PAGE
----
• Warming to shift heavy rainfall patterns across U.K.

    Researchers investigating the potential changes in extreme rainfall patterns across the United Kingdom as a result of global warming have found that in some regions of the country, the time of year when we see the heaviest rainfall is set to shift

  • “Soft infrastructure” as storm surge defense alternatives

    The flooding in New York and New Jersey caused by Superstorm Sandy prompted calls from Governor Andrew Cuomo and other officials to consider building storm surge barriers to protect Lower Manhattan from future catastrophes. Such a strategy, however, could make things even worse for outlying areas that were hit hard by the hurricane, such as Staten Island, the New Jersey Shore, and Long Island’s South Shore, a City College of New York landscape architecture professor warns; landscapers and engineers say that environmentally friendly “soft infrastructure” would mitigate flood damage without sending harm elsewhere

  • Outlasting Superstorm Sandy

    When hurricanes wander up the Atlantic Coast, Long Island’s topography is such that storms like Sandy, or last year’s Hurricane Irene, produce widespread, severe damage; effects can last for weeks, not only in the hardest-hit areas, but across the breadth of the island; Mark Zablocki, HSNW administrative editor, lives on Long Island, and he draws on his personal experience dealing with Sandy and its consequences to offer a few simple steps which, if followed, would help individuals analyze their own situation and the vulnerabilities and threats they face,  pointing them in the direction of the best course of action to take in preparation for an impending disaster

  • U.S. electric power grid “inherently vulnerable” to terrorist attacks: report

    The U.S. electric power delivery system is vulnerable to terrorist attacks which could cause much more damage to the system than natural disasters such as Hurricane Sandy, blacking out large regions of the country for weeks or months, and costing many billions of dollars, says a newly released report by the National Research Council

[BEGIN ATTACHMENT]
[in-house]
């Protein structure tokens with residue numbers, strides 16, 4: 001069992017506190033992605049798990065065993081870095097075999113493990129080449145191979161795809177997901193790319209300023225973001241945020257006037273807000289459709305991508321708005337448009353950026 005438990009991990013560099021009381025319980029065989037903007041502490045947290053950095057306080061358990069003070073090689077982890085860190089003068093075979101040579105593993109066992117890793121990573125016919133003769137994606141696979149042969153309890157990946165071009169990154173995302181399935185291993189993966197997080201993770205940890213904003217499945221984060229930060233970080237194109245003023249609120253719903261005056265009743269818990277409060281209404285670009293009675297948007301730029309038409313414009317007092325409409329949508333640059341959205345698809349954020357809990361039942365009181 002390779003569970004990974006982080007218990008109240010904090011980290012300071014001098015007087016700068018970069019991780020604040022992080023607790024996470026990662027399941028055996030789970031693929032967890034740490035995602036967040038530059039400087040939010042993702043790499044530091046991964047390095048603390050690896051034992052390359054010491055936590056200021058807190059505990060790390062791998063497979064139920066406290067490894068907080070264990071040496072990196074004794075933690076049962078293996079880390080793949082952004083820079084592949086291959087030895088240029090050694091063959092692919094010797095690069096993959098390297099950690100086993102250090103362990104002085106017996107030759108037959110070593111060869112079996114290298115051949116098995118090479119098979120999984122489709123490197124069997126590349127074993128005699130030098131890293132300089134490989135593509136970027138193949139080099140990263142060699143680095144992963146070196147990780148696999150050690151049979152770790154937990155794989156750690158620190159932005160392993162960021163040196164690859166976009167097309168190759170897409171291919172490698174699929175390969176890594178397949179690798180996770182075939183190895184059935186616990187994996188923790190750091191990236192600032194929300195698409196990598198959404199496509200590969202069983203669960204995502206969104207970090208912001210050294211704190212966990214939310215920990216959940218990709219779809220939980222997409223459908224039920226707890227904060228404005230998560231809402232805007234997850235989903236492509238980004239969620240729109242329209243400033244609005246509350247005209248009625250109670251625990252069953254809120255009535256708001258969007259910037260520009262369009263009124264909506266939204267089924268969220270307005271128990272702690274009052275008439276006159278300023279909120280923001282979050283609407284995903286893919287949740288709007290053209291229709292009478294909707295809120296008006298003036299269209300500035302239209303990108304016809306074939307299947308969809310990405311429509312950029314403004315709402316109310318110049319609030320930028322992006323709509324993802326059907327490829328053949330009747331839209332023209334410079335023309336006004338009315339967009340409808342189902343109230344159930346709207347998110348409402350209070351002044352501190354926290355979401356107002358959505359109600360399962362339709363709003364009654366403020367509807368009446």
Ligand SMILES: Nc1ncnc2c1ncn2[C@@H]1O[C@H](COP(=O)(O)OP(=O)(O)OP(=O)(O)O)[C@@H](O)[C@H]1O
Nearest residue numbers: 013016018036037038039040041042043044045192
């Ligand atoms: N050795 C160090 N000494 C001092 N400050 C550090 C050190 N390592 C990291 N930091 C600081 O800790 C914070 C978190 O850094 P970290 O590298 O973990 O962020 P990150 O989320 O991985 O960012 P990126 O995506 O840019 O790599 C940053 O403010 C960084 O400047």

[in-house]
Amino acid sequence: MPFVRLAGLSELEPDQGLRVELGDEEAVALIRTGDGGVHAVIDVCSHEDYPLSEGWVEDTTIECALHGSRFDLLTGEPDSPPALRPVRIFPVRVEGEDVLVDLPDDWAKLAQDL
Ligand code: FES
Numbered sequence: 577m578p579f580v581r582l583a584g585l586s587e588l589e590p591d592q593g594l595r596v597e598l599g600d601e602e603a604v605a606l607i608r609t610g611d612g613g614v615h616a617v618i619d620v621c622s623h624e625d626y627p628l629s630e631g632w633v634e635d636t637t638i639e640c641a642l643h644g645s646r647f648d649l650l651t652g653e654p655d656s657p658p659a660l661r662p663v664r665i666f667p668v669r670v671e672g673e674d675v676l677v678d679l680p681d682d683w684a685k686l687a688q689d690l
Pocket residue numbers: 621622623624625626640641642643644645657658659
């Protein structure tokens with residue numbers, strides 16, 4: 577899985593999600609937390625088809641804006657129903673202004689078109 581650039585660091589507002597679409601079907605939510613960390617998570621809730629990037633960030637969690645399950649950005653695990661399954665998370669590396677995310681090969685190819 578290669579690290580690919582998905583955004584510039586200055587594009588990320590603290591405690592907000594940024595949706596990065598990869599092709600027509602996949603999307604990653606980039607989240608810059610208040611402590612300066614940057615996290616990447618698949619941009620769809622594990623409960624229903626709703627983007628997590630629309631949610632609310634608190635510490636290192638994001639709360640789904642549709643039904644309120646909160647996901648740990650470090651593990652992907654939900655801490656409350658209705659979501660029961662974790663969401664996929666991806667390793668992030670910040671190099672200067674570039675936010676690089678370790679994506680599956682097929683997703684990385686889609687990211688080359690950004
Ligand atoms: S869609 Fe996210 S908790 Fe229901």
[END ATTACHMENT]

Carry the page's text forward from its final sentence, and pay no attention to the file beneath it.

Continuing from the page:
• Con Ed overcame many obstacles to restore power to NYC

    On 29 October Hurricane Sandy slammed into New York City and took out the power in most of Lower Manhattan, even knocking out power to the headquarters of Consolidated Edison’s (Con Ed), the electricity supplier for NYC; due to the flooding in Lower Manhattan, employees had to use rafts to rescue coworkers trapped in the company’s East 13th Street power station; in the days after the storm, as with many other New Yorkers, Con Ed almost ran out of gas, but that did not stop the company from restoring power back to Lower Manhattan less than four days after the storm

  • Hurricane Sandy caused dramatic changes to hundreds of miles of East Coast shoreline

    The United States Geological Survey (USGS) has released a series of aerial photographs showing before-and-after images of Hurricane Sandy’s impacts on the Atlantic Coast; the photos, part of a USGS assessment of coastal change from as far south as the Outer Banks of North Carolina to as far north as Massachusetts, show that the storm caused dramatic changes to portions of shoreline extending hundreds of miles

  • “Black swans” and “perfect storms” are often lame excuses for bad risk management

    The terms “black swan” and “perfect storm” have become part of public vocabulary for describing disasters ranging from the 2008 meltdown in the financial sector to the terrorist attacks of 9/11, but some argue that people in government and industry are using these terms too liberally in the aftermath of a disaster as an excuse for poor planning